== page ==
Almost 100,000 bitcoin transactions are currently stuck, waiting to move, with around $30,000 in fees queued for miners to pick up. The mempool backlog is above 56MB. The network is running above capacity, usually operating at more than 4 txs/s. Users are once more complaining.
Price appears resilient and even going higher due to many other factors, primarily the much-anticipated ETF decision. As far as the protocol is concerned, the tape is stuck on repeat, the debate is on endless loop, the community is paralyzed, a solution is nowhere in sight.
Miners appear to be preferring neither Segregated Witnesses (segwit) nor Bitcoin Unlimited. They are stuck in the middle, unable to choose, because if they go with segwit a considerable portion of the bitcoin community will consider the currency doomed. If they go with Bitcoin Unlimited, a considerable portion will likewise consider it failed.
As always in these cases, it is probable that neither is fully right or fully wrong. The problem is, the two can’t quite be reconciled. Their visions are diametrically opposed. Segwit proponents want full blocks. BU proponents want the block space to be above capacity. Segwit proponents think that would centralize it. BU proponents think Segwit would centralize it. A classic, intractable, argument, which, like most intractable arguments, is based on subjective mere opinions.
How Did We Get Here?
To really understand how we got here, we need to go to a more peaceful and free-er time, the 90s. To be more precise, Friday, 27th of November, 1998, when Wei Dai – who allegedly worked at Microsoft as a cryptographer, but google doesn’t provide much credible information on his background, thus might just as well be a pseudonym – announced b-money.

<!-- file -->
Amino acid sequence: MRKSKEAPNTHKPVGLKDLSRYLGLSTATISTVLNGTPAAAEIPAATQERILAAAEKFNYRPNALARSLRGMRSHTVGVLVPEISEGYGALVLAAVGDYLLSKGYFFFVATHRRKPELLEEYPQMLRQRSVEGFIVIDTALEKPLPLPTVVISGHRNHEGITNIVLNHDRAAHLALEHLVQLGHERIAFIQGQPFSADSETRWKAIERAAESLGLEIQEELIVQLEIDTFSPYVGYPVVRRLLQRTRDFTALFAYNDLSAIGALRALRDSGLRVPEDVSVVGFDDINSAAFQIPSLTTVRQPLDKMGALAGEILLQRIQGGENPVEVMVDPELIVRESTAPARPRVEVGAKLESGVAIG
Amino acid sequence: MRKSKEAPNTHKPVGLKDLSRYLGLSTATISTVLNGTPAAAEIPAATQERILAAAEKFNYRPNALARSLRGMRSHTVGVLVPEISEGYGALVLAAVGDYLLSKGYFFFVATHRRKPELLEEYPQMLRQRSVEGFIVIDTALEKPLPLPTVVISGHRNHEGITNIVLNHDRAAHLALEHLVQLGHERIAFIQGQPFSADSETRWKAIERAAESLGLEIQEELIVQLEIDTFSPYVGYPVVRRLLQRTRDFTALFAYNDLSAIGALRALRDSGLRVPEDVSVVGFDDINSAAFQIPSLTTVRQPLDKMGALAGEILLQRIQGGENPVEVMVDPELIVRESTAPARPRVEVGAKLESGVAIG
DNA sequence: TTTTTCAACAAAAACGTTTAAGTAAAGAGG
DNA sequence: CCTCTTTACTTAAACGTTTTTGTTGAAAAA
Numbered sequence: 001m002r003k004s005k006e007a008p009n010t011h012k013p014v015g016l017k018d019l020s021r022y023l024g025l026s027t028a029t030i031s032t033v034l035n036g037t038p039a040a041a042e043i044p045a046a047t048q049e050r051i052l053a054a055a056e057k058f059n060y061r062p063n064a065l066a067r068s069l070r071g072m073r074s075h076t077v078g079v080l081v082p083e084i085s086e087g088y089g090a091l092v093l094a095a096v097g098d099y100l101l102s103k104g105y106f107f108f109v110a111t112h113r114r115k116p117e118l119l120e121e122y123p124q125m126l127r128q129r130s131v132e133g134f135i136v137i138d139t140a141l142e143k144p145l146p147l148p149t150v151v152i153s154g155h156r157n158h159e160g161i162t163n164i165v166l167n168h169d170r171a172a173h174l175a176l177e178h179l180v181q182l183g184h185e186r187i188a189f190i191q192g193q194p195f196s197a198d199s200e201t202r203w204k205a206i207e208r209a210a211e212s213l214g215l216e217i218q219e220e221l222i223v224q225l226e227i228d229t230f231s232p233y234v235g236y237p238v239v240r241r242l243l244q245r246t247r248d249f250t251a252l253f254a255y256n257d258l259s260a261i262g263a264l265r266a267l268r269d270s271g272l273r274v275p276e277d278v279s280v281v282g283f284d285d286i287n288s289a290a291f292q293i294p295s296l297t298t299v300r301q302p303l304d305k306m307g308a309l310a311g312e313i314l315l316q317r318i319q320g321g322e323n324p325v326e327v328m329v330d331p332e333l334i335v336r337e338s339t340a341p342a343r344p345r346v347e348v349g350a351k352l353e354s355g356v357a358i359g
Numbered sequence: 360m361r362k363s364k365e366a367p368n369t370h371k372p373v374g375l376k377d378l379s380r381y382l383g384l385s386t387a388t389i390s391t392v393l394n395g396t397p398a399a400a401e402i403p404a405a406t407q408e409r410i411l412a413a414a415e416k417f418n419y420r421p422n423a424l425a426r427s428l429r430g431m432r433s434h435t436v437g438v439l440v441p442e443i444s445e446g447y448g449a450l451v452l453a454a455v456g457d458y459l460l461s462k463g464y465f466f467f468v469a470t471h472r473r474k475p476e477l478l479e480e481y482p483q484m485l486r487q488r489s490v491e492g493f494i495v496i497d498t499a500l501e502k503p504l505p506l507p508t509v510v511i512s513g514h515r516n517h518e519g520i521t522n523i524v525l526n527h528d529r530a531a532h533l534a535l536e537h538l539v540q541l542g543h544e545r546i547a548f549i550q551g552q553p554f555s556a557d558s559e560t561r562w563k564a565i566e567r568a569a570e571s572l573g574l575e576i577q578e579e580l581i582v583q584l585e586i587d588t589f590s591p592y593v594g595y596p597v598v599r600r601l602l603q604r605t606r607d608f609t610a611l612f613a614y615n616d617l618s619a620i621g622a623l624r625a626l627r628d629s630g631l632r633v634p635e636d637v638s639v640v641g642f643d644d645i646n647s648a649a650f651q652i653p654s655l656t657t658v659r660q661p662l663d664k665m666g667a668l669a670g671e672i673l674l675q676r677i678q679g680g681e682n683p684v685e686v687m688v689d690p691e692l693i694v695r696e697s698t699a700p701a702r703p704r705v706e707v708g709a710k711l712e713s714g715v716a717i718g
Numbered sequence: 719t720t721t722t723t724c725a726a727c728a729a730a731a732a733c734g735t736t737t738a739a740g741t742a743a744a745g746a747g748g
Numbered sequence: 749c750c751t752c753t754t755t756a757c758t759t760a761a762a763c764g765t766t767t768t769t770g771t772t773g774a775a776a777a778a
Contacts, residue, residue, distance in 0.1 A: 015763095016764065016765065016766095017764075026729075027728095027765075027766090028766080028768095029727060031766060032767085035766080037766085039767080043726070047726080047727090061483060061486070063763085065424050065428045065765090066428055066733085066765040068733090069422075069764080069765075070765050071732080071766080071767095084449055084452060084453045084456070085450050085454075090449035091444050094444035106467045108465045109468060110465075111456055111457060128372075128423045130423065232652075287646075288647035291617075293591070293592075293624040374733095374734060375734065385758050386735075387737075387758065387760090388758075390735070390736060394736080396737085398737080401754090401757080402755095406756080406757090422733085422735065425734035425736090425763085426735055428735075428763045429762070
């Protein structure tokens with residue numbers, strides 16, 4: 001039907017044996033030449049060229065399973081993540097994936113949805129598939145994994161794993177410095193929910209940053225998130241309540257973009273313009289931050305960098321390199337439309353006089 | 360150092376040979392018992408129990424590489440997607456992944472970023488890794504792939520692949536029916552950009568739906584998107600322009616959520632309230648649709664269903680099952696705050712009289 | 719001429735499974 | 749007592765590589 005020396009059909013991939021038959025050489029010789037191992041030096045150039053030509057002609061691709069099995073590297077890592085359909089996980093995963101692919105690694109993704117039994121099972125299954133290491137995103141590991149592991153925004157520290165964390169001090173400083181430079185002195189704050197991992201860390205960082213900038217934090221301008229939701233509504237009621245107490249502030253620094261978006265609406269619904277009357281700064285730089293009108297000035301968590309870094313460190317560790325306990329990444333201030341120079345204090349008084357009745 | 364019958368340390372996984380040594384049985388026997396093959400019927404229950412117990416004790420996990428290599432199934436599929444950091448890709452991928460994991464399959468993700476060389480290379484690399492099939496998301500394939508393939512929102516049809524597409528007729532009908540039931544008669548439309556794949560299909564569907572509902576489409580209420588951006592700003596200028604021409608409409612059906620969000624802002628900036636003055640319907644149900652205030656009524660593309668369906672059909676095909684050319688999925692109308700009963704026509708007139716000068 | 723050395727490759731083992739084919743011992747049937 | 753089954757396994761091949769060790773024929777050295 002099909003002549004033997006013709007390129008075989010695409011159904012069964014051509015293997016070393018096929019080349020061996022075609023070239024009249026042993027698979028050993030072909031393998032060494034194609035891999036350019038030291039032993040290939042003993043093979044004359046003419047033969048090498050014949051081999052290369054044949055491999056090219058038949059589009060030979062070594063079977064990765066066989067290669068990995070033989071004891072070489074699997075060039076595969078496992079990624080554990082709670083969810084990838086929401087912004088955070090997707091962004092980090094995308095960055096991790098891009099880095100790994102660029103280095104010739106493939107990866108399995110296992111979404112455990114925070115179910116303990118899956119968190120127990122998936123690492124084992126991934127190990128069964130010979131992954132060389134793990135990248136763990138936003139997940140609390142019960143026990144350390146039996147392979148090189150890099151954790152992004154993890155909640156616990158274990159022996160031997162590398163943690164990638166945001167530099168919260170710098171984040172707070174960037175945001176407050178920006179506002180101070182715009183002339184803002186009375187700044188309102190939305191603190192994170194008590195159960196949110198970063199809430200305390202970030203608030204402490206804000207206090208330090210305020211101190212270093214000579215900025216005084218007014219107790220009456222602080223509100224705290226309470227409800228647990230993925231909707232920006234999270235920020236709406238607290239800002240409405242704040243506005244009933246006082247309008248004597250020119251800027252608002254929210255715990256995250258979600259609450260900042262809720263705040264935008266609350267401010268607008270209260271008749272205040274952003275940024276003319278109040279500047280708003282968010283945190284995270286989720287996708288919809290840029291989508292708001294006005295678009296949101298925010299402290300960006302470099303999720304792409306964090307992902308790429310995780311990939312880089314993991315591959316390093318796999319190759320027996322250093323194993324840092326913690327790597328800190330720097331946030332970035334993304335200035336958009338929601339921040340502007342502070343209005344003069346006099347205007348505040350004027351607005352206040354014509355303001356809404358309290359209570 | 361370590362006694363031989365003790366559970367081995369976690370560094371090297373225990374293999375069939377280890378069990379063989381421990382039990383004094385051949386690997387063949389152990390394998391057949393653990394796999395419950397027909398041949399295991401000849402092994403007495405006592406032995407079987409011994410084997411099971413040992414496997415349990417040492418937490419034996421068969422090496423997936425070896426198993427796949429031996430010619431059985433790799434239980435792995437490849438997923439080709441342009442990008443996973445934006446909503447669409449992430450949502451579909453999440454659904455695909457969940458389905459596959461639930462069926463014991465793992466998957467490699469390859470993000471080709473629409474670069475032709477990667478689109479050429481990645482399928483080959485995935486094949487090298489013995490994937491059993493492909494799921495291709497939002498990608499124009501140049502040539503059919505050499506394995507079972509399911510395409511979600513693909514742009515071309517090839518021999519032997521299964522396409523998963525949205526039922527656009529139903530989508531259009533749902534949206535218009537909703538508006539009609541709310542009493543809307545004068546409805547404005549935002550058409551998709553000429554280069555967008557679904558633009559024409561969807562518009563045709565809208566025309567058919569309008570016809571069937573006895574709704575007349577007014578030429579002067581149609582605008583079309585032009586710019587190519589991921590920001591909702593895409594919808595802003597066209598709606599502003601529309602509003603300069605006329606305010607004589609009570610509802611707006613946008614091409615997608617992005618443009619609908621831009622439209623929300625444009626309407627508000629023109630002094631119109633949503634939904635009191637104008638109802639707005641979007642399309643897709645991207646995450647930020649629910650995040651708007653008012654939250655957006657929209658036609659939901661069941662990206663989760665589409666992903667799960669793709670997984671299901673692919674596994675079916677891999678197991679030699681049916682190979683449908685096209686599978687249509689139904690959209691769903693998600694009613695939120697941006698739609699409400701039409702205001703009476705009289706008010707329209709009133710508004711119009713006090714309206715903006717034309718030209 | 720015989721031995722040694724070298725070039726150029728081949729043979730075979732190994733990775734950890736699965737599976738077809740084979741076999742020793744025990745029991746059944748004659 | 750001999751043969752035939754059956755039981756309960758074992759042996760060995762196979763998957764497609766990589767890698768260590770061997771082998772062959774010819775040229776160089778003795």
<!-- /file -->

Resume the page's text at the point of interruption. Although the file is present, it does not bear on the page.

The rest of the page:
This is one of the first conceptualization of how digital money could work and it describes two layers. The base layer, which Dai says “is impractical, because it makes heavy use of a synchronous and unjammable anonymous broadcast channel. However it will motivate the second, more practical protocol.” And the second layer:
“In the second protocol, the accounts of who has how much money are kept by a subset of the participants (called servers from now on) instead of everyone. These servers are linked by a Usenet-style broadcast channel. The format of transaction messages broadcasted on this channel remain the same as in the first protocol, but the affected participants of each transaction should verify that the message has been received and successfully processed by a randomly selected subset of the servers.”
B-money wasn’t developed, presumably because its actualization had many difficulties. It does, in a skeleton way, describe mining, but the linkage between miners appears to have many flaws. That is – it lacks a consensus mechanism.
Nonetheless, it appears to have laid down this idea that there must be a base layer and a second layer. An idea which was then gradually developed to what used to be called bitbanks and now is called Lightning Network (LN) hubs.
When Nakamoto made his announcement, it appears that the bitbank idea was so entrenched, it was seemingly taken for granted any digital money must have a second layer. Interestingly, it appears that Nakamoto was unaware of these discussions or of b-money/bit-gold.